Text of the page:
Ancient Numbers Revealed in Scientific Formulas Compiled by Joseph E. Mason 
Aztec Hunab Number 378 and 82944
The Roman Measures
For obvious reasons, more measuring devices and measurable structures survive from the Roman world than from any other ancient culture. Yet nobody has ever been able to exactly define what was intended to be the standard length of the Roman foot. This would be the measure adopted by the Roman bureaucracy as the national reference. (Although a vast amount of alternative standards, apart from the variable "Roman" foot, were in concurrent use both in Rome itself and throughout the Empire). Researchers have believed the number of variations in the national standard was due to poor regard toward the maintenance of accuracy, but this is not the case. Because the identical range of variations to which the Roman measures were subject, are detectable in the measurement systems of all other nations. Luco Petto, a Renaissance antiquarian, argued intelligently, that although rules varied in a general sense, if any of them exactly agreed, then this would imply an intentional standard. When subjected to this scrutiny, so many of the Roman rulers achieve such a level of correspondence that the conclusion that must be drawn is that the variations are indeed fully intentional.
Not only are the Roman variations in their measuring devices intentional, it would seem that they are constructed to a greater degree of accuracy than are modern rules. When purchasing modern devices across the counter, either foot rules, tape measures or metre sticks, the variations may be as much as .3%. The ancient devices would seem to be subject to much lesser variations from their intended lengths, from .15% at a maximum. In the examples that follow, it is difficult to assess how accurate are the reported lengths; did those who made the physical measurements use agreeable standards? What were their criteria for the intended length, such as demarcation points, etc? All one may do is to take the reported lengths, usually given in millimetres, and make an accurate conversion by using the metre taken as 3.2808427ft. With so many references to compare, a statistically accurate picture will emerge.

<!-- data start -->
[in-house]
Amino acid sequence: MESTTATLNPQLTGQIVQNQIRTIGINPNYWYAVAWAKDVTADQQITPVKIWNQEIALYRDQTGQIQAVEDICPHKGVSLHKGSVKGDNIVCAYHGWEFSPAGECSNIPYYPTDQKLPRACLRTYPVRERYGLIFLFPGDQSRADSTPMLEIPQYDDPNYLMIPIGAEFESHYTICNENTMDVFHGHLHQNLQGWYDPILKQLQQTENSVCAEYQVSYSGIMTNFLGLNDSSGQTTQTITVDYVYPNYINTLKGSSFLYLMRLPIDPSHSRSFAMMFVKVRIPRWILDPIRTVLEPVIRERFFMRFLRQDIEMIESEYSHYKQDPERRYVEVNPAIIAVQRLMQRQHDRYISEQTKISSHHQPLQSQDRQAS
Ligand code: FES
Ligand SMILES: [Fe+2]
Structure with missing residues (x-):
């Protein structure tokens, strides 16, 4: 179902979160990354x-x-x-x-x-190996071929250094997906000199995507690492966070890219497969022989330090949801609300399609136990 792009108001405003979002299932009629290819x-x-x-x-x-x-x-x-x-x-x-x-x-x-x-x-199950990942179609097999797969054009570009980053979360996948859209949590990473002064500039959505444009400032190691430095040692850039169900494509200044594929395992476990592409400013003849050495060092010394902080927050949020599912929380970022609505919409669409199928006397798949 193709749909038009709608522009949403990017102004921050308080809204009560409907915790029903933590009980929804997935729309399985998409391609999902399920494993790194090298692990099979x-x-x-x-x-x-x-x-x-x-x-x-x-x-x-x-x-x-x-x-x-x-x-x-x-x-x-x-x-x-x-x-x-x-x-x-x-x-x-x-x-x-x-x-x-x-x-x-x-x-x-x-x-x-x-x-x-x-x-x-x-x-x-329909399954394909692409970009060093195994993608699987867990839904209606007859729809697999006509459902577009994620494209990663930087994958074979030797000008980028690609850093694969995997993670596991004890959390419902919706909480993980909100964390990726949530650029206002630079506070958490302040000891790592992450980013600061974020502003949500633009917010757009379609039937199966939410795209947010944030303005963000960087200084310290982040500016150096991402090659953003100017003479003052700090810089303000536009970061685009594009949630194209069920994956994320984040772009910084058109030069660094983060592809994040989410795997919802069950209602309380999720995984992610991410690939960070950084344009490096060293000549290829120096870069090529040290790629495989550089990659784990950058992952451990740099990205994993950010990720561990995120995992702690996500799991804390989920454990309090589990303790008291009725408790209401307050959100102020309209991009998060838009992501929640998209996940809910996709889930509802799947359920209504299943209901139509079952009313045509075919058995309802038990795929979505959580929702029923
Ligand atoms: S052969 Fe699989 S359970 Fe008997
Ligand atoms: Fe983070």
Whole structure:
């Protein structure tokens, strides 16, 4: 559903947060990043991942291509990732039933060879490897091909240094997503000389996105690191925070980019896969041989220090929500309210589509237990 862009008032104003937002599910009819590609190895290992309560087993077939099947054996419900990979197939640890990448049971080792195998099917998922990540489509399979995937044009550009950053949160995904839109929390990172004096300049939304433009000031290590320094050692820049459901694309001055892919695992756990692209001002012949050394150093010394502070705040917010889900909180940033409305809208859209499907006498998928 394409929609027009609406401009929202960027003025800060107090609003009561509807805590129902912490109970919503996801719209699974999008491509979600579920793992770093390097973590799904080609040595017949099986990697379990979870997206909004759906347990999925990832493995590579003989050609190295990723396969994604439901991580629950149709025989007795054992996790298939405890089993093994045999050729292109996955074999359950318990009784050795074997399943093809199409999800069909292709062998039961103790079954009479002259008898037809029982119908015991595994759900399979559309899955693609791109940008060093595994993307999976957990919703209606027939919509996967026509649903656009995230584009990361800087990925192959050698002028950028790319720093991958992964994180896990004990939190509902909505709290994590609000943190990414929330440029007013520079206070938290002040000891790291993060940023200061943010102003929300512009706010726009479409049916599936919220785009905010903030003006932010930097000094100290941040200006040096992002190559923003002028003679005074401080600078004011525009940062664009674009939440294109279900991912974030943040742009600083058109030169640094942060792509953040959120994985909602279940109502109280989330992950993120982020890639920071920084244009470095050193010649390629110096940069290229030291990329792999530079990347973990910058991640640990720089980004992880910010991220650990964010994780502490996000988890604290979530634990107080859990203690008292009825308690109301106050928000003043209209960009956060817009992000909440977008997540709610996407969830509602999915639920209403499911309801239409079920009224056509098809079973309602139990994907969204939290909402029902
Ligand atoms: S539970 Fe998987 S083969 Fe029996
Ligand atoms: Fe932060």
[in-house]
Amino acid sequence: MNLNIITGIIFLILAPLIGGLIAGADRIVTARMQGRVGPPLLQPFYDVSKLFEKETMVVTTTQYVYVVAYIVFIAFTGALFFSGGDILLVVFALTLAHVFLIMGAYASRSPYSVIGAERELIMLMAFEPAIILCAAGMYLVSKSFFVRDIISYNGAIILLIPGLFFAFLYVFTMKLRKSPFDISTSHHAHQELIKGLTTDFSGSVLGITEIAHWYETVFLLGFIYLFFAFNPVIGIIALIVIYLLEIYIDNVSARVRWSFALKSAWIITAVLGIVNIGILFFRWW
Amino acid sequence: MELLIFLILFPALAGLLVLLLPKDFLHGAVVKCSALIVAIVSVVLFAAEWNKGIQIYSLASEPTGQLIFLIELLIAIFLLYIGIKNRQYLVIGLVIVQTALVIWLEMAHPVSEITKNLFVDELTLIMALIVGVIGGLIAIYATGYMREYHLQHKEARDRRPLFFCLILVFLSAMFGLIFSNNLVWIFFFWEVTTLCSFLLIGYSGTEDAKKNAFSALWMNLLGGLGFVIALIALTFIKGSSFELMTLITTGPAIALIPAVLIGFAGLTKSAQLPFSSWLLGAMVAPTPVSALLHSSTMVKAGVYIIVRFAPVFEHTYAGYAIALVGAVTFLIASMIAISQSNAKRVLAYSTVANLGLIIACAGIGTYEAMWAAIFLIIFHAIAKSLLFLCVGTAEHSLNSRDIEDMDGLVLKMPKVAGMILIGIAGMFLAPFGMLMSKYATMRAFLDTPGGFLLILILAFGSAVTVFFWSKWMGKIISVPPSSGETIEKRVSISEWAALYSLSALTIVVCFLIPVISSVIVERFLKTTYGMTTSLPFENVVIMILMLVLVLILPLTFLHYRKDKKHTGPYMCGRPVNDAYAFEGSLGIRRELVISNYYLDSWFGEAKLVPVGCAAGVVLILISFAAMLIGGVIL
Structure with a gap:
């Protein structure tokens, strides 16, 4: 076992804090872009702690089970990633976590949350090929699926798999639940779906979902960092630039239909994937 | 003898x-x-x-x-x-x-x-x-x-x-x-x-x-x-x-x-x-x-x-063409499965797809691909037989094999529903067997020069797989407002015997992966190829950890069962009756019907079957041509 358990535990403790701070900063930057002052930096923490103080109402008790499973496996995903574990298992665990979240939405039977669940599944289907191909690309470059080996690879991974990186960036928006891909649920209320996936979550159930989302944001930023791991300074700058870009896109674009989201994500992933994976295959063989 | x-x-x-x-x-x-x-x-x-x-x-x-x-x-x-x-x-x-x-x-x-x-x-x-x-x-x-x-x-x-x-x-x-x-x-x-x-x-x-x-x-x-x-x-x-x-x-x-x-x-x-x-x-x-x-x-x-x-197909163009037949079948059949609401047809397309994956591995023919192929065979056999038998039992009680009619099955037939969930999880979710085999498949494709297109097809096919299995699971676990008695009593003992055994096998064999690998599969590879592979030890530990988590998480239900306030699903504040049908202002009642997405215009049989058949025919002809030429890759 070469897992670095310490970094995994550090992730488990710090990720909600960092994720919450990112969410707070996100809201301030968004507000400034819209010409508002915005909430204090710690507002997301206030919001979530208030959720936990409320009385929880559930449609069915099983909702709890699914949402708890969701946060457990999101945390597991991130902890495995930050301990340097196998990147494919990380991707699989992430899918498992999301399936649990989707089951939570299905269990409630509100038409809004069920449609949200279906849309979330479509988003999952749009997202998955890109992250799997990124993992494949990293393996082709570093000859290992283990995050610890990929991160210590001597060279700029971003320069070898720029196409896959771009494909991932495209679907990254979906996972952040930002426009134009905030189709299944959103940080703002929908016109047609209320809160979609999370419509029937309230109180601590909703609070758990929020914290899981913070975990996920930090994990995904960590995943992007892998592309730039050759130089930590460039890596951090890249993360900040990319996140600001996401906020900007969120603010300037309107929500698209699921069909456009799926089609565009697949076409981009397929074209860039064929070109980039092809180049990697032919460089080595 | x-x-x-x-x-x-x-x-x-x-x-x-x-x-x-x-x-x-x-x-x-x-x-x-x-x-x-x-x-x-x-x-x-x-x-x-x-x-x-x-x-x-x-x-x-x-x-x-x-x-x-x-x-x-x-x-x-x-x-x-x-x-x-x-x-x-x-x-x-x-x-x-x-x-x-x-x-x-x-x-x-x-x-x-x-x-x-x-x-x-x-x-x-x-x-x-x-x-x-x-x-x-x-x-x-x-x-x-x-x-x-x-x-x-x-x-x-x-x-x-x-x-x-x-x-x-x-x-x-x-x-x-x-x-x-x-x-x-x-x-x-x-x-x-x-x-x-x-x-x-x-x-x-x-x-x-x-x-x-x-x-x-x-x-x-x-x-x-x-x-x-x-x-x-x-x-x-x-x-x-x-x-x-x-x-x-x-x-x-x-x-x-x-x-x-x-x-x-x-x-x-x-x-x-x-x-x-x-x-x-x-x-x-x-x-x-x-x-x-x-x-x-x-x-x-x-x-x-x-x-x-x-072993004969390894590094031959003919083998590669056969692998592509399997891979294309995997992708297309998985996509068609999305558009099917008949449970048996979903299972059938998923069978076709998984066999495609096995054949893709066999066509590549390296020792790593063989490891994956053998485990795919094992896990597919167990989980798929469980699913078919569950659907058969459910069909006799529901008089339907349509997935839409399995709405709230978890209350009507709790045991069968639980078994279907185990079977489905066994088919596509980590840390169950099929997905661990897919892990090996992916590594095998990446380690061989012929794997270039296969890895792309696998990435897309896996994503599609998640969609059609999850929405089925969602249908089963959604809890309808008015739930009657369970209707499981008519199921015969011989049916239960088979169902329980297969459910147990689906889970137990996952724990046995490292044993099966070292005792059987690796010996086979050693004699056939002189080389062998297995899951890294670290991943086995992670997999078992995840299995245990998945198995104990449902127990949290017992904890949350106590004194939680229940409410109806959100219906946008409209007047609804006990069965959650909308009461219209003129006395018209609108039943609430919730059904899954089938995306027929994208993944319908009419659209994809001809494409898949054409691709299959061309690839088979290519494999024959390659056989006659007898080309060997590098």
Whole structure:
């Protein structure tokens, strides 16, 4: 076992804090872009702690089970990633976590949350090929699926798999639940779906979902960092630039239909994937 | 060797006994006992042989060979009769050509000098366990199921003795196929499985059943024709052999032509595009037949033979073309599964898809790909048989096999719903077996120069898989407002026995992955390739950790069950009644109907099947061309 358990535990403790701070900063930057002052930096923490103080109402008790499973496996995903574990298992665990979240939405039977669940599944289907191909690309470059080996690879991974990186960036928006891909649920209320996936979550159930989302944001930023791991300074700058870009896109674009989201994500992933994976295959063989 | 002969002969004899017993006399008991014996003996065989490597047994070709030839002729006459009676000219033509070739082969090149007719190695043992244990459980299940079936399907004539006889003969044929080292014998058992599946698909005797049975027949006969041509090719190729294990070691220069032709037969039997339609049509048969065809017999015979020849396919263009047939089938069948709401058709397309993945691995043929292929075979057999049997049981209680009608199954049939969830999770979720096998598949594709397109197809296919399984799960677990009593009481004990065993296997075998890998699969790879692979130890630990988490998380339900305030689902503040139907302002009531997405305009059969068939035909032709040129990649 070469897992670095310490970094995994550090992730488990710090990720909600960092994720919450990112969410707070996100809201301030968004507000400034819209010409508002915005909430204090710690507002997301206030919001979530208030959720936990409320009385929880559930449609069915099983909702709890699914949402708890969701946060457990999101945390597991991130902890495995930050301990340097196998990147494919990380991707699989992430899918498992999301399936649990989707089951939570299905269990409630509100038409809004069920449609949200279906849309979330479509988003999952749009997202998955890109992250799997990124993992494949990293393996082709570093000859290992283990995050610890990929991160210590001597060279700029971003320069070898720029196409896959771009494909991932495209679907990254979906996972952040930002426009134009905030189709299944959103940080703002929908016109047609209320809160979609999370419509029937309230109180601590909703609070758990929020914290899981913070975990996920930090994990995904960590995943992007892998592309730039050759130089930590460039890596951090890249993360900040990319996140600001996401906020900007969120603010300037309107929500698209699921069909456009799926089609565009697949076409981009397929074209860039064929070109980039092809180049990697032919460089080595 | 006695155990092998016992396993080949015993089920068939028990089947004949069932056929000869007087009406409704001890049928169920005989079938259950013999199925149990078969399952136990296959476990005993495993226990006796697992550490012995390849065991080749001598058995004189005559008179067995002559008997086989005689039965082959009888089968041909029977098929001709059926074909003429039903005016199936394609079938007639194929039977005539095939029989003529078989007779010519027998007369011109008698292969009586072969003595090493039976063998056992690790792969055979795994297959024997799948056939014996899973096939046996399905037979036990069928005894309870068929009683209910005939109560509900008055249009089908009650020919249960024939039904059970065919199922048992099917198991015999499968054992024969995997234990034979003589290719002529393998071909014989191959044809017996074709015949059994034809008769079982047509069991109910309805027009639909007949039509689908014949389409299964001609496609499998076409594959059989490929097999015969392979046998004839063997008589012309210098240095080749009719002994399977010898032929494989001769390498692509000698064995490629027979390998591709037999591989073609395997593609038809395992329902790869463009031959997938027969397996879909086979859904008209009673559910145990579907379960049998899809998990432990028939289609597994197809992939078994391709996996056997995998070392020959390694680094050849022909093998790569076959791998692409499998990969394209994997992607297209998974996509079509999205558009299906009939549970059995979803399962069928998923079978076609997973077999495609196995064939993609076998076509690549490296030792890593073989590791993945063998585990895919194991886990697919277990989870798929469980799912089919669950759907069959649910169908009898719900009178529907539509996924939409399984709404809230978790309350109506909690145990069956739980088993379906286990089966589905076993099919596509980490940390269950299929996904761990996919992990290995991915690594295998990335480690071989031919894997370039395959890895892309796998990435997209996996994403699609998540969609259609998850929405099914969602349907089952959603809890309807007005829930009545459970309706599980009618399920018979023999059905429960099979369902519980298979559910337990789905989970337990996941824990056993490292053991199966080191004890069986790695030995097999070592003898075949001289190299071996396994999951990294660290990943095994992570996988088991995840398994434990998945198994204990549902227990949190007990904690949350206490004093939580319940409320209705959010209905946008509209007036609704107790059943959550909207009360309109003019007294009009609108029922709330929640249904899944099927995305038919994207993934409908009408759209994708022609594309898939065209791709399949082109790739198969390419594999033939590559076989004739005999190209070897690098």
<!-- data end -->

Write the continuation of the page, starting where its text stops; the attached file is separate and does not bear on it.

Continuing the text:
In the
book, All Done With
Mirrors, the variety of measures are each given descriptive names as briefly
described in the essay on the Greek Foot. But for now, the values of
the Roman feet, which are accepted as being 24 to 25 of the Greek feet, are
here listed in their ten potential values in two rows, separated by the fraction
440 to 441, as letters of the alphabet. The fraction between each measure
across the two rows is 175176
b .954545  c .96 
d .965487 
e .971003 

f .951279 
g .956714 
h .962181 
i .96768 
i .96768